Duration: 1-2.5 hrs

Serves: 4+

Difficulty level: Beginner

The Method

Prep is Key!
  1. Firstly, take your Thorner's chicken out the fridge around 30 minutes before you begin cooking so it can reach room temperature meaning it'll cook more evenly. Then leave it covered in a cool place
  2. Raw chicken should never be washed as it contains a bacteria called Campylobacter that can be splashed around. Campylobacter is killed when chicken is cooked to the correct temperature
  3. Pat your chicken dry with kitchen towel, and untie any strings so that the heat can circulate more evenly whilst it’s cooking. Preheat your oven to 200C/Gas 6/fan 180C
Flavour
  1. Rub the skin on the legs and breast of the chicken with olive oil, or smear with softened butter. Sprinkle the chicken generously with salt and freshly ground black pepper. This will not only add flavour, but the salt will help achieve a crispy skin. Push a halved lemon and a few sprigs of herbs into the cavity – parsley, thyme and bay leaves all give chicken a good flavour!
  2. If you want to add a stuffing to your chicken, stuff the neck end, not the cavity. Push your fingers between the skin and the flesh to loosen it a little so that you can get a good amount of stuffing in. Smooth the skin back over the top and secure it with a cocktail stick underneath
Roasting time
  1. Thorner's chicken weigh 1.6kg but may vary slightly so cooking times may differ. Cooking times can be calculated by: '45 minutes per kg + 20 minutes, so ensure your coking time is in accordance to its weight. Sit the bird in a roasting tin slightly larger than the chicken, and don’t cover it with foil or you won’t achieve a crisp skin.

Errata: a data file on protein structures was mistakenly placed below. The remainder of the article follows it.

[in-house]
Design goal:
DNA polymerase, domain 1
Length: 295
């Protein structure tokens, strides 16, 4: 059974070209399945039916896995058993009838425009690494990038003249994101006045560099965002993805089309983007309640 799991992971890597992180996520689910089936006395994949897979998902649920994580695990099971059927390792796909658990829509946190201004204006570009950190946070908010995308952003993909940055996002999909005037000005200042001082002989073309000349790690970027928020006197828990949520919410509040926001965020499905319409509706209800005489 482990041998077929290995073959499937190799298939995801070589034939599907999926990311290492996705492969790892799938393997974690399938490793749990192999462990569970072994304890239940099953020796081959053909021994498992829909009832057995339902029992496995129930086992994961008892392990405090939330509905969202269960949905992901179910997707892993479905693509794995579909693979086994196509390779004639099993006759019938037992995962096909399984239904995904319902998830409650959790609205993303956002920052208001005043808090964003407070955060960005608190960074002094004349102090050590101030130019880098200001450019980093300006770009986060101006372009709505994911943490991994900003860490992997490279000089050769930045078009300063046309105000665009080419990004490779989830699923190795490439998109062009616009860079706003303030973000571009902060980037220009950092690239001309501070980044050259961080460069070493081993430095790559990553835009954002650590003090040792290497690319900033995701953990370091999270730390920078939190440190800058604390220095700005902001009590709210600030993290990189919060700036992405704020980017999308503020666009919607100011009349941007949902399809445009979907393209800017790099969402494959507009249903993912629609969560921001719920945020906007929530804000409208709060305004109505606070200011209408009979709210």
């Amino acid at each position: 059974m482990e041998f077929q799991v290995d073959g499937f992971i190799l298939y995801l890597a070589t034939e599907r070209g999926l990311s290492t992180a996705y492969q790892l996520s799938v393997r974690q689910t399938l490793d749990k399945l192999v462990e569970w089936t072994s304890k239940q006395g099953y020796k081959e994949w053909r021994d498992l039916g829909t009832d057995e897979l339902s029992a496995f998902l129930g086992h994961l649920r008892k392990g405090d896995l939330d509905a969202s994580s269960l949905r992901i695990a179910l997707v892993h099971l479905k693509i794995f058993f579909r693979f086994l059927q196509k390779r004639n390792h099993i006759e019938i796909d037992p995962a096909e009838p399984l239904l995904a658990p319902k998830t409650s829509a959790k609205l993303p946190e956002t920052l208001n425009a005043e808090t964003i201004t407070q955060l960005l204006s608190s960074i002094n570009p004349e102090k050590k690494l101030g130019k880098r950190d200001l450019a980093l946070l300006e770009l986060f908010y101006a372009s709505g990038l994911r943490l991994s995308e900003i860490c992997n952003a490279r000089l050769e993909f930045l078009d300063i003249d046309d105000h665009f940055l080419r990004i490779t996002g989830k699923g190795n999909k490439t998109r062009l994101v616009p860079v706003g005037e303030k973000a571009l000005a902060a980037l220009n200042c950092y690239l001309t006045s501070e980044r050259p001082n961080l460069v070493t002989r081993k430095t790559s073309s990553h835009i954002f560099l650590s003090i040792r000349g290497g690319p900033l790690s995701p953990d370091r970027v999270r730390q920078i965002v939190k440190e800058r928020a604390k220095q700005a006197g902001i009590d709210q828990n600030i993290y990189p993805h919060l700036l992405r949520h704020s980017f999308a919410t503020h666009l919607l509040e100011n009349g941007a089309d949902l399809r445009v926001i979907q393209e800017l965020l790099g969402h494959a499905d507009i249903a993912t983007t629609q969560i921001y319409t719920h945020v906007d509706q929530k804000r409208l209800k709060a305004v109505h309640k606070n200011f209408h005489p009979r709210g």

2. Basting your chicken during cooking will help keep the meat moist. Tilt the tin slightly and use a spoon or turkey baster to scoop up some of the fat, and then drizzle it carefully over the chicken. Baste 2 or 3 times during cooking
Is your chicken cooked?
  1. Chicken must be thoroughly cooked before serving, with no pink meat. Pierce the thickest part of the thigh with a skewer and let the juices run out. If they are clear, then it’s cooked, but if they still look pink, return it to the oven for 15 minutes, then test again. If you have a meat thermometer, push the probe into the thickest part of the thigh. The temperature should be at least 75C for cooked chicken
Rest Up...
  1. Chicken needs to rest after cooking in the same way as beef, lamb and pork, to allow the juices to settle back into the meat. Cover your chicken with foil and set aside for 30 minutes. The rest of the sides can finish cooking and you can make the gravy – don't forget to add in the flavoursome juices from the chicken as it rests
The best part... Serve + Carve!
  1. Carving a chicken is fairly straightforward when using a sharp carving knife and carving fork. Use the fork to keep the chicken steady while you carve and insert the knife between the leg and body of the bird
  2. Remove the thigh and drumstick in one piece. Repeat with the other leg, and then separate the thigh and drumstick if you wish
  3. Remove the wingtips, then just slice the breast meat
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